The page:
Both Republicans and Democrats regularly exhibit such greed and dishonesty in manipulating electoral maps that a Columbia University expert who studies the practice likened his work to that of an anthropologist who observes cannibals.
“I have to replace normal human reactions of disgust and revulsion with fascination and curiosity. It’s the only way I can cope,” said Nathaniel Persily, a law professor who’s helped draw election lines in Maryland and other states.
Virginia Republicans are the latest offenders in the sorry saga of politicians seeking to contort the voting process to help their party, and they are going for it in a big way.
First, they shoved a bill through the state Senate that would significantly gerrymander voting jurisdictions for that chamber’s members to benefit the GOP. They did so without hearings in a year when the state constitution suggests they have no business making such changes.
Some Republican legislators have also pushed a separate measure in Richmond to rejigger how the state’s presidential tally is counted. Under their bill, President Obama would have received only four of Virginia’s 13 electoral votes last year, even though he beat Mitt Romney by nearly 150,000 in the popular count.
The GOP efforts in Richmond should appall anyone who cares about democracy and fairness. Gov. Bob McDonnell (R) has done the right thing by saying he opposes the Electoral College chicanery, which now seems unlikely to pass. The governor should make clear he’d veto the Senate plan, as well, if it reaches his desk.
Still, let’s be objective. The Democrats do it, too. The GOP has done it more in the current census cycle nationwide, because it controls more state governments. But both parties are guilty.
For instance, Maryland Democrats last year fashioned one of the nation’s most grotesque U.S. congressional district maps to squeeze a Republican out of office in the 6th District in the state’s western half.
In addition, when Democrats controlled the Virginia Senate before the 2011 legislative elections, they designed the districts to help themselves. The current GOP bid to redraw those lines arises partly from simple retaliation.
“It’s just a raw and uncensored act of Republican revenge, because Republicans were furious at what Democrats did following the 2010 census,” said Bob Holsworth, a retired Virginia Commonwealth University political science professor. McDonnell appointed him to chair a bipartisan redistricting commission whose maps were ignored.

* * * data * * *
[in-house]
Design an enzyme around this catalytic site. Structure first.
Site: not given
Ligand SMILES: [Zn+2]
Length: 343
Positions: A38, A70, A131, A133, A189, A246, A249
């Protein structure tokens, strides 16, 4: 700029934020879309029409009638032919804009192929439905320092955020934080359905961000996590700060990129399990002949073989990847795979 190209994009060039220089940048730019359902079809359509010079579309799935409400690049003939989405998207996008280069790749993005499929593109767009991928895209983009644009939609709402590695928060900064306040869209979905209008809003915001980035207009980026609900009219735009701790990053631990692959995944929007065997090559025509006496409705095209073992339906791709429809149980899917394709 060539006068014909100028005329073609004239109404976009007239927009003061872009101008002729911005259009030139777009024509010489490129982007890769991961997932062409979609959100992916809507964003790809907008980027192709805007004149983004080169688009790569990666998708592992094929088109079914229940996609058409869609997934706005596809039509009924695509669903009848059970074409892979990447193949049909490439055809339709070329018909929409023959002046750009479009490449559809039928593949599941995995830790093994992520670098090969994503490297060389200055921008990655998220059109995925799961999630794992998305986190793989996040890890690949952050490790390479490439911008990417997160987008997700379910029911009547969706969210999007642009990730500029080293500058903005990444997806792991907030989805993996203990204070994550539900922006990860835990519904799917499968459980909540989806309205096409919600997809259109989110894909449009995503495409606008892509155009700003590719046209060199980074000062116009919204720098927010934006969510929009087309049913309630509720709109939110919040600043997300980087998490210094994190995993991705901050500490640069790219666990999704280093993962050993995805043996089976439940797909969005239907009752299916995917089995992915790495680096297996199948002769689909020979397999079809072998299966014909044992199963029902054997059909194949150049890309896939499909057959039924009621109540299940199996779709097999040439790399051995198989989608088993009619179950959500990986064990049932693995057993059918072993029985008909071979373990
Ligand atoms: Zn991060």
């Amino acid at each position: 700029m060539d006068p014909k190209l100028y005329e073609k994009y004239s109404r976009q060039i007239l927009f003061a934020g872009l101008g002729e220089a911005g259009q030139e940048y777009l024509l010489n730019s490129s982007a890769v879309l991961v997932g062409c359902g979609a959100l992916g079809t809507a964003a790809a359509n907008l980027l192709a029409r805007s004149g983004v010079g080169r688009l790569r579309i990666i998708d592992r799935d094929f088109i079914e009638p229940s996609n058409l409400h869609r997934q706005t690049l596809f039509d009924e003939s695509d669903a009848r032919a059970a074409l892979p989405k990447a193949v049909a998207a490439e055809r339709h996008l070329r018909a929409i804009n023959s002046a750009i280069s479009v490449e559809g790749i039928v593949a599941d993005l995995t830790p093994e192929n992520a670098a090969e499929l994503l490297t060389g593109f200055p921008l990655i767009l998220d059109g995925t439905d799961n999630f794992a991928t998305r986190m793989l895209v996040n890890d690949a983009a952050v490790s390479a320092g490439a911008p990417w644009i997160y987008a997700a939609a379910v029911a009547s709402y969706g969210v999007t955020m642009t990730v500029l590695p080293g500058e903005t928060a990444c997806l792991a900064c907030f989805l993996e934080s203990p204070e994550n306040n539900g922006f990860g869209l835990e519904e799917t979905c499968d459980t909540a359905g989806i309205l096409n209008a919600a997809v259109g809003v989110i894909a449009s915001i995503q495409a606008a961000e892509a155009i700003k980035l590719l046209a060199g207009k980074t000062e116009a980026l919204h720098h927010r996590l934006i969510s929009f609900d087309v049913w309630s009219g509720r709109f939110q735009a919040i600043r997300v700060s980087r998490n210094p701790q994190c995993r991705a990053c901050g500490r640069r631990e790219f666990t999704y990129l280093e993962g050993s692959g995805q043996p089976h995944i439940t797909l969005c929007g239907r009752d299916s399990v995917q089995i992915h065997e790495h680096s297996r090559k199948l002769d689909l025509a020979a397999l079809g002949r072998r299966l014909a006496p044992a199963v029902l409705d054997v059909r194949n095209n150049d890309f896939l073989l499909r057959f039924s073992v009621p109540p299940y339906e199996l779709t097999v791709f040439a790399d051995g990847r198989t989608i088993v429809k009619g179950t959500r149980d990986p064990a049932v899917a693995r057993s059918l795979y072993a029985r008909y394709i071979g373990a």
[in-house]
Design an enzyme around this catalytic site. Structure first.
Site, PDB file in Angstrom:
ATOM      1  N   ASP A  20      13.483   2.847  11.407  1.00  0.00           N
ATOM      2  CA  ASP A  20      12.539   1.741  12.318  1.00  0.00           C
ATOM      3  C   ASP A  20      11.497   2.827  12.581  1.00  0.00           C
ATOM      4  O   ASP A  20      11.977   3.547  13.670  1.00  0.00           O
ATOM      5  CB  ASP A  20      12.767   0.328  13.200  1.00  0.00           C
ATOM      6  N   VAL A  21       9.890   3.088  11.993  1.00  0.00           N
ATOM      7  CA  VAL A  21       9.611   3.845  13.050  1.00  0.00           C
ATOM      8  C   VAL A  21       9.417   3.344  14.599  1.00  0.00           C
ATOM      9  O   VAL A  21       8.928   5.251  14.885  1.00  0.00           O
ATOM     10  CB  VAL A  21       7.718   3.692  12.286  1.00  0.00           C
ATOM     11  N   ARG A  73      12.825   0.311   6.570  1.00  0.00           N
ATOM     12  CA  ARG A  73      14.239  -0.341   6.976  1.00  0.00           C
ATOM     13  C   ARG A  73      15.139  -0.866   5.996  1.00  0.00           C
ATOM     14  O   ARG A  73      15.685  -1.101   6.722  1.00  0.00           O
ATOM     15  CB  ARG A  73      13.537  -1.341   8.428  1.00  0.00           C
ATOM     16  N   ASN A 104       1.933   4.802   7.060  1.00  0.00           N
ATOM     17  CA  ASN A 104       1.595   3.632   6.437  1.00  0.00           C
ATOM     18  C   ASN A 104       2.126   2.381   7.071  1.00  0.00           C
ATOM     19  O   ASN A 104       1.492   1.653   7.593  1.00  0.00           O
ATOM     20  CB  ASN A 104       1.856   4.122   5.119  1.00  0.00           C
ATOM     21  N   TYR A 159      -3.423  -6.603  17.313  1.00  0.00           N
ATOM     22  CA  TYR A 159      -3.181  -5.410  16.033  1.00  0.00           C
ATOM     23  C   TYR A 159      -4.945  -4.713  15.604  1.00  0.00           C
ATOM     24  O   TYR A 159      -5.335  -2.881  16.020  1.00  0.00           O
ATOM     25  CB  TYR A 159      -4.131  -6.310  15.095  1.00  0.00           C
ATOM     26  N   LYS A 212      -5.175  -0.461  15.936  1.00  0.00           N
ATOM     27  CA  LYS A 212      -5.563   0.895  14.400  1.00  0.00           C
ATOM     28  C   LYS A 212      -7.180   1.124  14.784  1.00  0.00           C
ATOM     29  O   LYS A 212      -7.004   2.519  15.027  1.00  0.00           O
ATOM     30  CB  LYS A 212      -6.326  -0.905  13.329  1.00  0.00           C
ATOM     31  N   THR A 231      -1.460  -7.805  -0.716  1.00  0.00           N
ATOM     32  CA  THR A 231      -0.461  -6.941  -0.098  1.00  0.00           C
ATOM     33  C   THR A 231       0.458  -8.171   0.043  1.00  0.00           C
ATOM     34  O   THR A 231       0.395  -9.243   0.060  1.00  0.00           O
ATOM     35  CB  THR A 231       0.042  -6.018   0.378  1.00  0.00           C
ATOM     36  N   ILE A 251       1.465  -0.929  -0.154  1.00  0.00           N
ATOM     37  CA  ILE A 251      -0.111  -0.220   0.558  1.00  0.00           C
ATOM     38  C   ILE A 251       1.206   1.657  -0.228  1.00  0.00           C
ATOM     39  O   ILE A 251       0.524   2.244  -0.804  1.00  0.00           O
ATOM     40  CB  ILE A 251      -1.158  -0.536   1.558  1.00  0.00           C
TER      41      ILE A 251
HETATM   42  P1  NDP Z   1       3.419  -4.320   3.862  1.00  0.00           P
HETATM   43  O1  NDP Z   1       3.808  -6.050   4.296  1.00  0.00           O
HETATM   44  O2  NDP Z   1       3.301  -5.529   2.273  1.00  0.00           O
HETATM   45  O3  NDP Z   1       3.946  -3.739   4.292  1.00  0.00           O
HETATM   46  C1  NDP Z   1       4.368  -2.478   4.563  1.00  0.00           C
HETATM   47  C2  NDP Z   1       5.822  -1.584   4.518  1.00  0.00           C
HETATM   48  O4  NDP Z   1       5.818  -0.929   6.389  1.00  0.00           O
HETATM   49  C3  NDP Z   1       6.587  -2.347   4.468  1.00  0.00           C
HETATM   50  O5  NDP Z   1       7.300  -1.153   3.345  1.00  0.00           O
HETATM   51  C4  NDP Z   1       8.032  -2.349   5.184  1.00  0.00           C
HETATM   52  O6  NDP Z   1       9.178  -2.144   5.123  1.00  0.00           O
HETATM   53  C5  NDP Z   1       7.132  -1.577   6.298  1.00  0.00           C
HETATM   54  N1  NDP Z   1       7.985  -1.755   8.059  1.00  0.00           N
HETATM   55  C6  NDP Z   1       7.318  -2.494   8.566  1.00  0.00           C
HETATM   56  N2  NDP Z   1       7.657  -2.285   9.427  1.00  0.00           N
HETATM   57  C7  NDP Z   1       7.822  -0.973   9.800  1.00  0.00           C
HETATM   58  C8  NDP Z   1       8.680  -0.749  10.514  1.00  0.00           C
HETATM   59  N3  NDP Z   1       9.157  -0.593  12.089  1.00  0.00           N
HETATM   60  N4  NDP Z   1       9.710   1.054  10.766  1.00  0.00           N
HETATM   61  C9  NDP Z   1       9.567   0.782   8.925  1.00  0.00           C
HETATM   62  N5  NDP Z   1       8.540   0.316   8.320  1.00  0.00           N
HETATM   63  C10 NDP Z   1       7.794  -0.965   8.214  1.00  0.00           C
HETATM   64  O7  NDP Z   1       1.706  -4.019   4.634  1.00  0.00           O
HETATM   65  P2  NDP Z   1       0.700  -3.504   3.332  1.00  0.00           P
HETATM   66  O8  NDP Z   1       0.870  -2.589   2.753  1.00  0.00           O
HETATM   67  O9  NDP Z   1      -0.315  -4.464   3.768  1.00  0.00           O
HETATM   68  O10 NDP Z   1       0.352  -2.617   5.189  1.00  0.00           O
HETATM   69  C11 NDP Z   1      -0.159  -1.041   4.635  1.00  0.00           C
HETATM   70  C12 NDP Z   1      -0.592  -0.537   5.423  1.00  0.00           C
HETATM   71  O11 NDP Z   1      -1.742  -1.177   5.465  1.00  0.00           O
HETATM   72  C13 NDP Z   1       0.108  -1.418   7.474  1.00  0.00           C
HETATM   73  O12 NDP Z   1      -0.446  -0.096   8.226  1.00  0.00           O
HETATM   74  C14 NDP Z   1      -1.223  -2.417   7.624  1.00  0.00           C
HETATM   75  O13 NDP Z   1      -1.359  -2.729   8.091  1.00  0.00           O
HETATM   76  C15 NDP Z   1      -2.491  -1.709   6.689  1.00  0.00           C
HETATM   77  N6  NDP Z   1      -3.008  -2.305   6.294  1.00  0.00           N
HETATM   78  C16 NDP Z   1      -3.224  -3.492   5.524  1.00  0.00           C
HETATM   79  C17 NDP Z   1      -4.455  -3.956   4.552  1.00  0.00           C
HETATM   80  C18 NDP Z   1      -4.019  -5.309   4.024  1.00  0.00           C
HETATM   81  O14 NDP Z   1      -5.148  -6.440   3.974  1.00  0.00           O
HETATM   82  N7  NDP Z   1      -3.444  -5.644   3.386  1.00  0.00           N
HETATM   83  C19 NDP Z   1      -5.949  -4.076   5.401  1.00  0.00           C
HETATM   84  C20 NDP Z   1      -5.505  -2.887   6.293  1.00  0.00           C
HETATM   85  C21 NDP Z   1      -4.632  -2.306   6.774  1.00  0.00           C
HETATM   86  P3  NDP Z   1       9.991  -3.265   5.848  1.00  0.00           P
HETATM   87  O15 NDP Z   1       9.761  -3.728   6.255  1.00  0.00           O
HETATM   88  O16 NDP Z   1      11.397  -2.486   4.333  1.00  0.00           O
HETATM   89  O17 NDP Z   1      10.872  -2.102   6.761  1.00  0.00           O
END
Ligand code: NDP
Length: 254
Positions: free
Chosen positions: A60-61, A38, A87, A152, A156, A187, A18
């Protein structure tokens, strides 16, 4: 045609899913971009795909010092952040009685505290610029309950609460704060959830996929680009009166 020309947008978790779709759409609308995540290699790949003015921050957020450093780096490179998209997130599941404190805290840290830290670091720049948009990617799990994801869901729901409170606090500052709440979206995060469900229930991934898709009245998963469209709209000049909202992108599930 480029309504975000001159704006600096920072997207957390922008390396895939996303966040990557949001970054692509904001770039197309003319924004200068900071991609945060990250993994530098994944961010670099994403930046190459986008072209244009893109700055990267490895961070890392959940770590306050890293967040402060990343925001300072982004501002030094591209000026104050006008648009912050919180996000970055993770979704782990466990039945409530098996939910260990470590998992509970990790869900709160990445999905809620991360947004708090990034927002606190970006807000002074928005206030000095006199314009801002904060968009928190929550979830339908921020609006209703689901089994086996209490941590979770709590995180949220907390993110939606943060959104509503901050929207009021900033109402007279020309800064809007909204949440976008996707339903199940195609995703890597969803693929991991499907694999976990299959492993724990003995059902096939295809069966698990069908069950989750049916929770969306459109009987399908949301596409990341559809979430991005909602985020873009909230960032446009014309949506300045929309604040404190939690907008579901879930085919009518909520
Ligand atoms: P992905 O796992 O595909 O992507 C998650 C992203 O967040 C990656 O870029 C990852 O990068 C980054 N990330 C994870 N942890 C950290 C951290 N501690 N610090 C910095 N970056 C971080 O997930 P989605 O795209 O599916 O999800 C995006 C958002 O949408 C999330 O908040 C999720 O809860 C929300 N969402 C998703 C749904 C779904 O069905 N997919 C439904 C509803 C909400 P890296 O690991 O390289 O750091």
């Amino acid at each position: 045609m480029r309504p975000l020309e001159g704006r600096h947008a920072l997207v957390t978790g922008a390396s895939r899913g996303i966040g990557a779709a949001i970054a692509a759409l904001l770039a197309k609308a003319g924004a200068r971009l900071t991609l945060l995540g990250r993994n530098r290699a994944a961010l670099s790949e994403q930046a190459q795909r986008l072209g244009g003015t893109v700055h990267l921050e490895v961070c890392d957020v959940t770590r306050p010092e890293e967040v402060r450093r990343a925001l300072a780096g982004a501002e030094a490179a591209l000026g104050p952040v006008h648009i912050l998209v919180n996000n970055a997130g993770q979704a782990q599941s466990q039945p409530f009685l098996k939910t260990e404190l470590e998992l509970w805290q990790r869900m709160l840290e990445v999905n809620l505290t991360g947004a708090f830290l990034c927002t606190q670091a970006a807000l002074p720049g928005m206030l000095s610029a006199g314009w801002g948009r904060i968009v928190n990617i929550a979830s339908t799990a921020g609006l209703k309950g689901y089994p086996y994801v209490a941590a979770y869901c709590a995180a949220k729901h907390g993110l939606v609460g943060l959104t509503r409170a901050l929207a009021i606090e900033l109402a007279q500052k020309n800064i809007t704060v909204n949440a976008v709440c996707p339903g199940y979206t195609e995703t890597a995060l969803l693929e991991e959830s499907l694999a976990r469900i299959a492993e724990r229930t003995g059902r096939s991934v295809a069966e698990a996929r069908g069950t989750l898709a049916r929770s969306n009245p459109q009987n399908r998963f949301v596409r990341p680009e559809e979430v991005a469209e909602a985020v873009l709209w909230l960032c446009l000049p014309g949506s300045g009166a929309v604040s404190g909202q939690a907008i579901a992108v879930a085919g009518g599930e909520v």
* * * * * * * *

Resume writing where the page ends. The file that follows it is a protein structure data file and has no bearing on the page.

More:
The new GOP bill on the Senate is especially offensive and worrisome because of its timing. The parties are supposed to make major changes in the map only once each decade, a principle enshrined in the state constitution.
The Republicans maintain that it’s okay because they’re just fixing lines that the Democrats drew inappropriately. But that’s a transparent dodge.
The GOP risks setting a precedent that would lead to constant redistricting battles not only in Virginia but also elsewhere around the country. That would aggravate partisan hostilities and distract legislators from dealing with schools, roads and other issues that affect voters more directly.
“It’s very, very rare to have a mid-decade partisan gerrymander,” Persily said. “The question is are we entering an age of perpetual gerrymandering. This won’t stop in Virginia if it becomes the norm.”
The controversy should prompt the public and responsible politicians on both sides to demand adoption of a nonpartisan process for drawing election maps. California and some other states have given the job to bipartisan commissions, with generally positive results.
Unfortunately, that’s unlikely to happen right now, because the GOP currently has an interest nationally in protecting existing gerrymanders.
That’s because the Republicans won control of so many state governments in the anti-Obama backlash in the midterm elections in 2010. That allowed them to draw more maps in their favor than the Democrats were able to do following the decennial census.
As a result, in the 2012 U.S. congressional elections, the GOP won a 33-seat majority in the House even though Democrats won 50.4 percent of the popular vote in all House races combined, according to an analysis by Sam Wang, a founder of the Princeton Election Consortium.
“We can certainly point to more instances of Republican gerrymanders in this cycle, because they control more states,” said Dan Tokaji, a law professor and election law specialist at Ohio State University. “The reality is both sides try to draw the map that gives them maximum advantage when they have the power to do so.”
Most other major industrialized democracies don’t have this problem. They have independent, trusted civil servants to do the job. America should copy their example or appoint bipartisan commissions and remove this stain on civic integrity.
For previous Robert McCartney columns, go to washingtonpost.com/mccartney.